According to a statement released by Kraft Heinz, its initial offer was rejected by Unilever – but it intends to pursue a deal that would be one of the biggest in corporate history.
Following the news, shares in Unilever rose 11%, suggesting traders believe a deal will happen. Unilever's share price of £37.22 gives the company a market valuation of £112bn ($139bn) – meaning a potential acquisition could dwarf AB InBev's £79bn ($98bn) takeover of its rival brewer SABMiller, which was approved last year.
Kraft Heinz, the smaller of the two companies, is worth $106bn (£85.3bn).
The statement from Kraft Heinz read: "Kraft confirms that it has made a comprehensive proposal to Unilever about combining the two groups to create a leading consumer goods company with a mission of long-term growth and sustainable living.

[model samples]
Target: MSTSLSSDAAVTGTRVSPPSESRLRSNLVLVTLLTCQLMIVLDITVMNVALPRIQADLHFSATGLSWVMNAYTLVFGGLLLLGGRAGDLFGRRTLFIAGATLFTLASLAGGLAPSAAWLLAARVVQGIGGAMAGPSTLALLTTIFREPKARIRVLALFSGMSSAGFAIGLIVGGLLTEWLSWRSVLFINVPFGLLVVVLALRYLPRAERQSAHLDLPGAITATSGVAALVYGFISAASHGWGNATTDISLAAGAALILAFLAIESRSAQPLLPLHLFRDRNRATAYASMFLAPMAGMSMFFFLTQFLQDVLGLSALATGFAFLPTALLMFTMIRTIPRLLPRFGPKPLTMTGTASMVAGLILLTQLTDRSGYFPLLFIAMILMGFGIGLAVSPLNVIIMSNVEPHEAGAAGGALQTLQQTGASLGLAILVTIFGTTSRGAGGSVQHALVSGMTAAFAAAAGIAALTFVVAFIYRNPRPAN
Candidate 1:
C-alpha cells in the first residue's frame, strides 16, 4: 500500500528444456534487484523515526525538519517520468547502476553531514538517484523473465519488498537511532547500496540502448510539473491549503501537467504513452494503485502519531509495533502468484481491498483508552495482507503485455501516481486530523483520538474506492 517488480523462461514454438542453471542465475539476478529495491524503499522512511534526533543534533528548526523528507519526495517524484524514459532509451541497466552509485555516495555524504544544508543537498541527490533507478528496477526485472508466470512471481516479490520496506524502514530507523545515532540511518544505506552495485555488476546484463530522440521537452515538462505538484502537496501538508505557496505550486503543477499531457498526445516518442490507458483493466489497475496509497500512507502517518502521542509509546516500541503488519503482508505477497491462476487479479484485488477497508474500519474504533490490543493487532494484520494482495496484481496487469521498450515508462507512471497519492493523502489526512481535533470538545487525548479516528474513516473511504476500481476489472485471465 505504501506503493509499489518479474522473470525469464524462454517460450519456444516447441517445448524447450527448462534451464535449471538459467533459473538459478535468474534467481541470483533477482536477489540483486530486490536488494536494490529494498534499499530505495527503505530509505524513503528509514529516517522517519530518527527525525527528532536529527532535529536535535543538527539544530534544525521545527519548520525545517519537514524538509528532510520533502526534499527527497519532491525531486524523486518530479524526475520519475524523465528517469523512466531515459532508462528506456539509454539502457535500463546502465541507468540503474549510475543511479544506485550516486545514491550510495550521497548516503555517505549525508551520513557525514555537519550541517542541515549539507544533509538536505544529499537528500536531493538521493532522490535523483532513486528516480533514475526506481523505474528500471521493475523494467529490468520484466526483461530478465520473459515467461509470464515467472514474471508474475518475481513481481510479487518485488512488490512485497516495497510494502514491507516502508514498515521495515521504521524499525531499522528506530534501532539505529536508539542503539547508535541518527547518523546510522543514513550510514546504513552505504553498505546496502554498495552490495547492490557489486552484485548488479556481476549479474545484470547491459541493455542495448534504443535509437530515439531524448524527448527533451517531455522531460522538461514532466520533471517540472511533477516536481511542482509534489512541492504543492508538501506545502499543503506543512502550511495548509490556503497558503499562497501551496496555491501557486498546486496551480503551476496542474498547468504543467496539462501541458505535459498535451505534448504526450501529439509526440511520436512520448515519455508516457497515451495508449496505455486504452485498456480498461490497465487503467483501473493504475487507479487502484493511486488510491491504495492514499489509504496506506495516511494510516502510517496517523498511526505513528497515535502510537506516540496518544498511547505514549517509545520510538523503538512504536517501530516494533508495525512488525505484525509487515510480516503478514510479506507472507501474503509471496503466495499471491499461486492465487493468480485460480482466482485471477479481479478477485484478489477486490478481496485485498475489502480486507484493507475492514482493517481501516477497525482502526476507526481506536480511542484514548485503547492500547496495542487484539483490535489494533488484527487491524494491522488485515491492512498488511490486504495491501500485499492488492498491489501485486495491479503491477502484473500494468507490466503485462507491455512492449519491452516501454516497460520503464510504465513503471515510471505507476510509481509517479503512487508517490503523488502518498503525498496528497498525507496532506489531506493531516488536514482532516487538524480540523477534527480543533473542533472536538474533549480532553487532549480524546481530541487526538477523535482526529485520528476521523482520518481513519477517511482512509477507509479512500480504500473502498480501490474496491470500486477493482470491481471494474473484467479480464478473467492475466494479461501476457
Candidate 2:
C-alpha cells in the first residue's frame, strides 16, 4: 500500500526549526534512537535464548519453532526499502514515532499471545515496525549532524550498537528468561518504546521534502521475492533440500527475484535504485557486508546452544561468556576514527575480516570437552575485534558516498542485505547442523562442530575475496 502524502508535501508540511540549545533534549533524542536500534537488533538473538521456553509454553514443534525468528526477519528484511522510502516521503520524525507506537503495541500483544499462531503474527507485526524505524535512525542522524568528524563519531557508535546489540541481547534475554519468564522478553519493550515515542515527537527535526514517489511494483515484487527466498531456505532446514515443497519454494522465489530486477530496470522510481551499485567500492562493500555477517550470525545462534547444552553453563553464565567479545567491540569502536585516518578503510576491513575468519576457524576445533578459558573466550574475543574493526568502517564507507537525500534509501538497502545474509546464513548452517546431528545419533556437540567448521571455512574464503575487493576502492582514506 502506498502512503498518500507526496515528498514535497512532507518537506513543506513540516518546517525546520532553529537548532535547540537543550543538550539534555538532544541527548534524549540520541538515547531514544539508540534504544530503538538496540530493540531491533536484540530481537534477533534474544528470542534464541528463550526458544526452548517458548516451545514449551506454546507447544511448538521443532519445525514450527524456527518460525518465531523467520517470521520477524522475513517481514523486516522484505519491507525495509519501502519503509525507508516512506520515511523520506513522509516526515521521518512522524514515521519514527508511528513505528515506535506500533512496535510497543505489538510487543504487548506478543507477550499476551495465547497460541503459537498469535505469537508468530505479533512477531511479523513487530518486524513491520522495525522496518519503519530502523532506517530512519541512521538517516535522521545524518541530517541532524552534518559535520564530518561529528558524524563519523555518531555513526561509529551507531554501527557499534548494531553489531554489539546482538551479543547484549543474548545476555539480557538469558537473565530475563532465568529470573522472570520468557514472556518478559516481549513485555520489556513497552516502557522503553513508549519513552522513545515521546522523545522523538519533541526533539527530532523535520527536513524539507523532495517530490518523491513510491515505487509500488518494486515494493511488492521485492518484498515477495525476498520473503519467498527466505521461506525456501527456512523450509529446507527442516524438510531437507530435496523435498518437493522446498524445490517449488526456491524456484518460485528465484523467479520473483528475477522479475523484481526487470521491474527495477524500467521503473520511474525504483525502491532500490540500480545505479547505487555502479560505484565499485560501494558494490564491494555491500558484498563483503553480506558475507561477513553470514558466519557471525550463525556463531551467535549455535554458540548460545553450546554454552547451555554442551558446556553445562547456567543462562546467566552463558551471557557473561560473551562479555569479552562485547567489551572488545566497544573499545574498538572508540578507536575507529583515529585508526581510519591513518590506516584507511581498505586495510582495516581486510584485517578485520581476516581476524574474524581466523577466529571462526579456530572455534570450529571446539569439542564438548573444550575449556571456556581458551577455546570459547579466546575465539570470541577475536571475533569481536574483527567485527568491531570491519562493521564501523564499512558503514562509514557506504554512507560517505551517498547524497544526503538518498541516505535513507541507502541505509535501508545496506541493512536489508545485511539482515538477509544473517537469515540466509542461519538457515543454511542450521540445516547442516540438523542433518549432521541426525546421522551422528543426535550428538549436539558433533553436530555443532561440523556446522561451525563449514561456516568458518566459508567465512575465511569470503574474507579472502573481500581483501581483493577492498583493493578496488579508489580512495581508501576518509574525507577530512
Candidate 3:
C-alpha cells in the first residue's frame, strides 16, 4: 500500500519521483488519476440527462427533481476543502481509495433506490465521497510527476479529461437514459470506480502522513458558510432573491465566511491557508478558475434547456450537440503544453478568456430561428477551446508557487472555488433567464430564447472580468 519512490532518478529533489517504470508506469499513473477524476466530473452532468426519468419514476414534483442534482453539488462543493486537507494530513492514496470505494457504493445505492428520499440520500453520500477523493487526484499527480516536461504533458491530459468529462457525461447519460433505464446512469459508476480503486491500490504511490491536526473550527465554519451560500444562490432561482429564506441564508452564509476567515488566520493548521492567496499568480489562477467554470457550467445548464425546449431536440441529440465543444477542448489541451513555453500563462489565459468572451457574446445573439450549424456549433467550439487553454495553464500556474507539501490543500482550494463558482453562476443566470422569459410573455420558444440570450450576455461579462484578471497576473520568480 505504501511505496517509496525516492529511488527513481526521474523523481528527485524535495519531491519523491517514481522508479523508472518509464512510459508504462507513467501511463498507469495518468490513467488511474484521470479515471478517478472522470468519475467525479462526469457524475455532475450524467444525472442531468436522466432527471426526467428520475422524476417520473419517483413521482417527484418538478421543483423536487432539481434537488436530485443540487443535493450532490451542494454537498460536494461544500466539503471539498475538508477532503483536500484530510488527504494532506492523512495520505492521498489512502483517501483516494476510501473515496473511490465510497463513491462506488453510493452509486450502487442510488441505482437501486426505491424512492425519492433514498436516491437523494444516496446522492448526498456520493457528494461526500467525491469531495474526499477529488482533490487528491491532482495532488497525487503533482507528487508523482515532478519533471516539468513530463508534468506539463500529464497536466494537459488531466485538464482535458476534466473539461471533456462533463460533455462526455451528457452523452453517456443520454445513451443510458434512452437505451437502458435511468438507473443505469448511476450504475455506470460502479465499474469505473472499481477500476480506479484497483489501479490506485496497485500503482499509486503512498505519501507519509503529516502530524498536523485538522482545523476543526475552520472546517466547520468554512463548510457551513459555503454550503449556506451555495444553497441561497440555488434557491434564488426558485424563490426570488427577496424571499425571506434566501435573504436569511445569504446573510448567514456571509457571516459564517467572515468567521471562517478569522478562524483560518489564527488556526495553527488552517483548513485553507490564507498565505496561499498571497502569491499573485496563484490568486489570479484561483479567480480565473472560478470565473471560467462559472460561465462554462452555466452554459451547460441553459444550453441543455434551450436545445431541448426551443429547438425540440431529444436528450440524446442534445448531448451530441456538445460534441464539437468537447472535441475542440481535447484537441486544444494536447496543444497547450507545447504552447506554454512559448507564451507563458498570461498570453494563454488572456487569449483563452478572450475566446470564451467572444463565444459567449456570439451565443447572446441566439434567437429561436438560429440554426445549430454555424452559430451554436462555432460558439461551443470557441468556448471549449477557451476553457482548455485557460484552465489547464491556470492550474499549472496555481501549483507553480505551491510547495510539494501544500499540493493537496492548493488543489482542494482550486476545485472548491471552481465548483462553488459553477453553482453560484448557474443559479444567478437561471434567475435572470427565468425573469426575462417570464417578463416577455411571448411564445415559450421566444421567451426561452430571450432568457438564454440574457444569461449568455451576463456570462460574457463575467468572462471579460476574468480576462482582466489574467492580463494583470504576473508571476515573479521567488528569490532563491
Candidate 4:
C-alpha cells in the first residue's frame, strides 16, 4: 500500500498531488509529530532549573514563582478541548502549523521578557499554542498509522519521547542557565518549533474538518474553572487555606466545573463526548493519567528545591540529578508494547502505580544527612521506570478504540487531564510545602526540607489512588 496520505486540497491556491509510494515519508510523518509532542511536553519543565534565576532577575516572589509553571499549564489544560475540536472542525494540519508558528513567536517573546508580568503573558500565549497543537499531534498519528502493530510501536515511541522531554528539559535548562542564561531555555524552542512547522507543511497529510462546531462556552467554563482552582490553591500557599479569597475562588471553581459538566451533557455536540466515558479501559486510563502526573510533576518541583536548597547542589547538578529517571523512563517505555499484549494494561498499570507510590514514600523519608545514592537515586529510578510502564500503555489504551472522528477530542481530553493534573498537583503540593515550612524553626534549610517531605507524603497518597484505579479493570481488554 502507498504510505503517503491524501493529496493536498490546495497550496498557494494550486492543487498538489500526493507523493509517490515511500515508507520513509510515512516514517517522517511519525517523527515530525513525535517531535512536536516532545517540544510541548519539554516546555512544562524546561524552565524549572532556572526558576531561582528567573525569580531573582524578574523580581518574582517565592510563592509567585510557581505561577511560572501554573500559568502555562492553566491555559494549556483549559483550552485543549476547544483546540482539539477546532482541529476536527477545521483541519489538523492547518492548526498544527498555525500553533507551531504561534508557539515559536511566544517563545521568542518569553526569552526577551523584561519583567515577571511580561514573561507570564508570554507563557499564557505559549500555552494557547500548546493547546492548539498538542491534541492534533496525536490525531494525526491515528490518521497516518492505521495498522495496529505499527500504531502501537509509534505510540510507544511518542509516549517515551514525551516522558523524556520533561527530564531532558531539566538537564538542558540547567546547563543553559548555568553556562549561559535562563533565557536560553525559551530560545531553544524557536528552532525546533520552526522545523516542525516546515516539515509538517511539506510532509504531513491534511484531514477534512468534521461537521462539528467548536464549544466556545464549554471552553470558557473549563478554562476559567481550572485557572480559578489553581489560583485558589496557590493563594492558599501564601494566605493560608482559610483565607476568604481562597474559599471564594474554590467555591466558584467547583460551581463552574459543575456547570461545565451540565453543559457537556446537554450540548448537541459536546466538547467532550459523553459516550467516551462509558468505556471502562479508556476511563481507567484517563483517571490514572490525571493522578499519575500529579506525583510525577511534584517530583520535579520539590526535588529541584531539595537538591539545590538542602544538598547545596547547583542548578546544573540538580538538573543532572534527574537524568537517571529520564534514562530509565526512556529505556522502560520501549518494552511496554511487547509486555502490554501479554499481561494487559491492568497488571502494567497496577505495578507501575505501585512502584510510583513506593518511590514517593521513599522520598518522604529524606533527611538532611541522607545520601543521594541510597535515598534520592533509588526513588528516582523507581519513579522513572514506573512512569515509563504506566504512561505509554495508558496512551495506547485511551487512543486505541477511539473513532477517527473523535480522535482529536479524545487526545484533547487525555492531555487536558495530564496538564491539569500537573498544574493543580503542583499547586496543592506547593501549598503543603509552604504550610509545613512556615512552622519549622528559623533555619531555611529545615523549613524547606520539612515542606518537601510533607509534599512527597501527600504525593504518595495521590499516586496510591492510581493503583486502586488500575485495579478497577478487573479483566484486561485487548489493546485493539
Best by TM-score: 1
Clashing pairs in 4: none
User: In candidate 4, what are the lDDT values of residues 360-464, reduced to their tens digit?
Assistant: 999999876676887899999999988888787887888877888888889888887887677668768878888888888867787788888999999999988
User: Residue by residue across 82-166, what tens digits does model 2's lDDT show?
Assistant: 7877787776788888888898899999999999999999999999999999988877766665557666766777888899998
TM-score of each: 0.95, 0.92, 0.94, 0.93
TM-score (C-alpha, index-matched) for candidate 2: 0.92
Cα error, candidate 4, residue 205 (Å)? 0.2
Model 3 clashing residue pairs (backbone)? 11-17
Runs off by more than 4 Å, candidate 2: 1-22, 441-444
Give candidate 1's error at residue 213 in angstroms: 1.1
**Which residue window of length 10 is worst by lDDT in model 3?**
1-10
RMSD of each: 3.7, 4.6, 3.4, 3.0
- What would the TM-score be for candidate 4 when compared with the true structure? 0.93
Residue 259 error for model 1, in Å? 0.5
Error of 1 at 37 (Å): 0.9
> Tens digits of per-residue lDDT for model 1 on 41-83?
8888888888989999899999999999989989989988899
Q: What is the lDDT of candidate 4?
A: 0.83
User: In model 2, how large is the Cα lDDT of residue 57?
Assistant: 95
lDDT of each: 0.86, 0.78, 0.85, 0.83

"While Unilever has declined the proposal, we look forward to working to reach agreement on the terms of a transaction. There can be no certainty that any further formal proposal will be made to the Board of Unilever or that an offer will be made at all or as to the terms of any transaction."
Kraft Heinz was formed in 2015 in a deal backed by Warren Buffett's investment company Berkshire Hathaway, becoming the world’s fifth-largest food and drink company.
In 2012, Kraft had previously spun off its international and snack businesses into a separate company, Mondelez International leaving the smaller Kraft company to focus on US grocery brands.
Unilever is the world’s third largest FMCG company, after Procter & Gamble and Nestlé.